Surging demand creates

The venture capital industry delivered robust results in 2020 during the pandemic’s chaotic early phase.

A growing reliance on delivery services caused by a year of lockdowns has helped spawn an urban industry of rapid delivery e-grocers that are now competing for investment and market share.

Startups operating out of their own dark stores are offering to deliver products at supermarket prices in as little as 10 minutes from the point of ordering. Investors are betting big that the surge in demand for such services will drive the next revolution in food retail, which is still largely offline.

Since the beginning of the year, a host of rapid grocery delivery companies have secured mega-rounds of $100 million or more. Istanbul-based Getir saw its valuation jump from $850 million to $7.5 billion, according to PitchBook data, thanks to three rounds between January and June. Berlin’s Gorillas achieved unicorn status in March with a $290 million Series B, while across the Atlantic, Philadelphia-based Gopuff reached an $8.9 billion valuation following its funding round in the same month.

“It’s the Wild West out there,” said Nenad Marovac, founder and CEO of DN Capital and backer of London-based e-grocer Weezy, who has been looking to invest in the next unicorn in the sector. “Before our investment, I was looking at other startups [in the space] that were getting crazy valuations for very little and I knew I had to invest.”

With the influx of VC money into the space, many markets are reaching the point of saturation. In London, for example, there are around 10-plus startups operating in the city with the same underlying technology and largely offering the same products.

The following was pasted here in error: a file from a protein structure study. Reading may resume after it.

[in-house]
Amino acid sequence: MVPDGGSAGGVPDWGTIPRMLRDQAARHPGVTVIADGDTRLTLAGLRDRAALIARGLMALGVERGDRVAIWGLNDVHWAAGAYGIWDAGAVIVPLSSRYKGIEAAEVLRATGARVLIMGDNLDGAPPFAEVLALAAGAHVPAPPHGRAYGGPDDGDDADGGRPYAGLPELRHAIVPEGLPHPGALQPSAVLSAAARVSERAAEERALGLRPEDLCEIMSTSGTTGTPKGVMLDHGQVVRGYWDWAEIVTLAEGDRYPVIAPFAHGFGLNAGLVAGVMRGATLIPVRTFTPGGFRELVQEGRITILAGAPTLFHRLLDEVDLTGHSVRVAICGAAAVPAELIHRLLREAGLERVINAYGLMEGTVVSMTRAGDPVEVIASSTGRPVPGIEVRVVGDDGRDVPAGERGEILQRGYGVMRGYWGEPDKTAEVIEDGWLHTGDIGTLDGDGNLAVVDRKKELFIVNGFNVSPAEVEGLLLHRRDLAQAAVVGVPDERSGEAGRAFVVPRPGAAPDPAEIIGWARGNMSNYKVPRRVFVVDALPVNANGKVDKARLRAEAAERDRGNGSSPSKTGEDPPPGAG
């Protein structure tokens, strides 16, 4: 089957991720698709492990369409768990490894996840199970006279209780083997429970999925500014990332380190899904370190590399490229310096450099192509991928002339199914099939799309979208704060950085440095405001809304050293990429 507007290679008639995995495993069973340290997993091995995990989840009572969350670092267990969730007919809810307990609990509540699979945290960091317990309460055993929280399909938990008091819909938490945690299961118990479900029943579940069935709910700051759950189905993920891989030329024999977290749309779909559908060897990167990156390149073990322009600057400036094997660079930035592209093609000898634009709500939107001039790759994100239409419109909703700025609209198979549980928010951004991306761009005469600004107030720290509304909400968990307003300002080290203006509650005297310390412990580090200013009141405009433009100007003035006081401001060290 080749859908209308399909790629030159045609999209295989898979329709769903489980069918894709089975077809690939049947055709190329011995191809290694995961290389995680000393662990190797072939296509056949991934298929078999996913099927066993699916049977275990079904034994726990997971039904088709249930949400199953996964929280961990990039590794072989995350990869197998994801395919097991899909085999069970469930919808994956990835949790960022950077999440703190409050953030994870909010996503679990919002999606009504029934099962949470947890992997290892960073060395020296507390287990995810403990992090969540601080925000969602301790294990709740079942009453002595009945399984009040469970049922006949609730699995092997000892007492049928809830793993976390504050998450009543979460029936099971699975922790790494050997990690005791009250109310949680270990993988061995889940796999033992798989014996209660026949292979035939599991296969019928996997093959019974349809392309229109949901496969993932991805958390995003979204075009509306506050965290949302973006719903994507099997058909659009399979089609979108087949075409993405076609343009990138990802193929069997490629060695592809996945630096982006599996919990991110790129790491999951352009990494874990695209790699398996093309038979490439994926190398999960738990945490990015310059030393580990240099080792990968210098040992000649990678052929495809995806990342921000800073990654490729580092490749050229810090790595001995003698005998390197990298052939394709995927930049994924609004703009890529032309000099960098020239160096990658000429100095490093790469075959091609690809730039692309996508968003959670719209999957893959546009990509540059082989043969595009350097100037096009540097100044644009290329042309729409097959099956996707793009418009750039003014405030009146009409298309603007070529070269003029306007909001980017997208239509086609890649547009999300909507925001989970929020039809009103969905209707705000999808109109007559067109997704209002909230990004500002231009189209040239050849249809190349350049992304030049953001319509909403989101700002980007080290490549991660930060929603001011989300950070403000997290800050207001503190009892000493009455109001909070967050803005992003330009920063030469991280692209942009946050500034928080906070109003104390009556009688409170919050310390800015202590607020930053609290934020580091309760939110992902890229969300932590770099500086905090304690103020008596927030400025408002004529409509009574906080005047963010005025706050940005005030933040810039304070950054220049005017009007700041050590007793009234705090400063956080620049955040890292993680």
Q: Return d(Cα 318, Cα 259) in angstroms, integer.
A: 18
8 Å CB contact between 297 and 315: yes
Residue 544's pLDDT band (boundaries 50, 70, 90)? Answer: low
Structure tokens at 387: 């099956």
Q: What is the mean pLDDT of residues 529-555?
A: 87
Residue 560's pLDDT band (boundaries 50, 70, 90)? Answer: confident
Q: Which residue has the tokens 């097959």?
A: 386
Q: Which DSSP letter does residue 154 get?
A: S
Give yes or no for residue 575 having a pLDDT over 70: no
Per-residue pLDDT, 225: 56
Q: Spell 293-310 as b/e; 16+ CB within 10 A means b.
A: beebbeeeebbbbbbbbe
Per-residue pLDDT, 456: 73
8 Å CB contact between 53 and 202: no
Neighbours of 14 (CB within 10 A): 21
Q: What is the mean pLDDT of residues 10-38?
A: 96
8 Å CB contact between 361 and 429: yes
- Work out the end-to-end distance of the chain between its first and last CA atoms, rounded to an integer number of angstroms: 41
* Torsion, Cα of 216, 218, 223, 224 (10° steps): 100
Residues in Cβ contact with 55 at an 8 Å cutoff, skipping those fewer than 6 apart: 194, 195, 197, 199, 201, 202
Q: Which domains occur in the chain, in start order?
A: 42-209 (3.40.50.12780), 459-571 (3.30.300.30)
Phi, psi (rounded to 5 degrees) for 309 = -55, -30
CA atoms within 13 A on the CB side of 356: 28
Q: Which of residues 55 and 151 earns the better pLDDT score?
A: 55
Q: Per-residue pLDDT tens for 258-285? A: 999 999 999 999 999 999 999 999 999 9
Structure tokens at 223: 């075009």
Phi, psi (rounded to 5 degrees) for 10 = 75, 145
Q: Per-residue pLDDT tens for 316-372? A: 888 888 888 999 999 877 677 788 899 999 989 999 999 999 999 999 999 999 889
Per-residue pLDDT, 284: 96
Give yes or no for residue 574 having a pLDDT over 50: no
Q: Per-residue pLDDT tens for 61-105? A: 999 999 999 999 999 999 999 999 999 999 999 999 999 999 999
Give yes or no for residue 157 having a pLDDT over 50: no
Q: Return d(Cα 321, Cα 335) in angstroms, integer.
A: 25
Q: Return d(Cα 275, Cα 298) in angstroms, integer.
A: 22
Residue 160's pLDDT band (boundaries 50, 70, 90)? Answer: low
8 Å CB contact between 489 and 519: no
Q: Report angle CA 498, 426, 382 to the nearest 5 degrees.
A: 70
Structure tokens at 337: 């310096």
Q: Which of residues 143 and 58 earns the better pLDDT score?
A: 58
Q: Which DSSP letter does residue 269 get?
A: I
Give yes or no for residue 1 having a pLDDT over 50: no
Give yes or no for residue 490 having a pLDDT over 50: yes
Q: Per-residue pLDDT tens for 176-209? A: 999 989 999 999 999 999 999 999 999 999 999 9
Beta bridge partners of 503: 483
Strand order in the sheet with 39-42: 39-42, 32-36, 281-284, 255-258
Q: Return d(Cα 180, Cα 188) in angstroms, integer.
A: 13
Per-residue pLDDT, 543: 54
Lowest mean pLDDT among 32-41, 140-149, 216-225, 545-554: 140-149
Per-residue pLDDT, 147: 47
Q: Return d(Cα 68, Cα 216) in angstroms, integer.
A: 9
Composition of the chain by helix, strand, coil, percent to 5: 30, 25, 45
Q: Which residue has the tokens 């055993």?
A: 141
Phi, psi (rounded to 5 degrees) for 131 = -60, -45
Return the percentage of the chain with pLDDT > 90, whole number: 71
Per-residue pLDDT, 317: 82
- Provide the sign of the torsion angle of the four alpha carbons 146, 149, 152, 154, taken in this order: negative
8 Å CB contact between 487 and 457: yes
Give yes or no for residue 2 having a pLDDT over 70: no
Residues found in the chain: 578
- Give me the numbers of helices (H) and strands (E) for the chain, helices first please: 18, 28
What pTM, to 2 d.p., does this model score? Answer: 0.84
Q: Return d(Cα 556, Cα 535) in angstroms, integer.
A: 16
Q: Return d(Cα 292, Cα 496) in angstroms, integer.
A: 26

“It’s still very early days, but in the long-term, the market probably can’t maintain as many players as there are right now,” said Steve O’Hear, VP of strategy for London-based online grocery delivery startup Zapp. “I don’t think it’s going to be a winner-takes-all situation, but you need to be a meaningful competitor.”

According to O’Hear, the sector is cash-intensive, with startups requiring a lot of capital to establish warehouses, recruit drivers and select the right products—in the case of Zapp, it has raised around $100 million. The costs of operating are only expected to grow as startups build additional infrastructure in each new area they expand into. As such, many companies will be operating at a significant loss.


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The venture capital industry delivered robust results in 2020 during the pandemic’s chaotic early phase.

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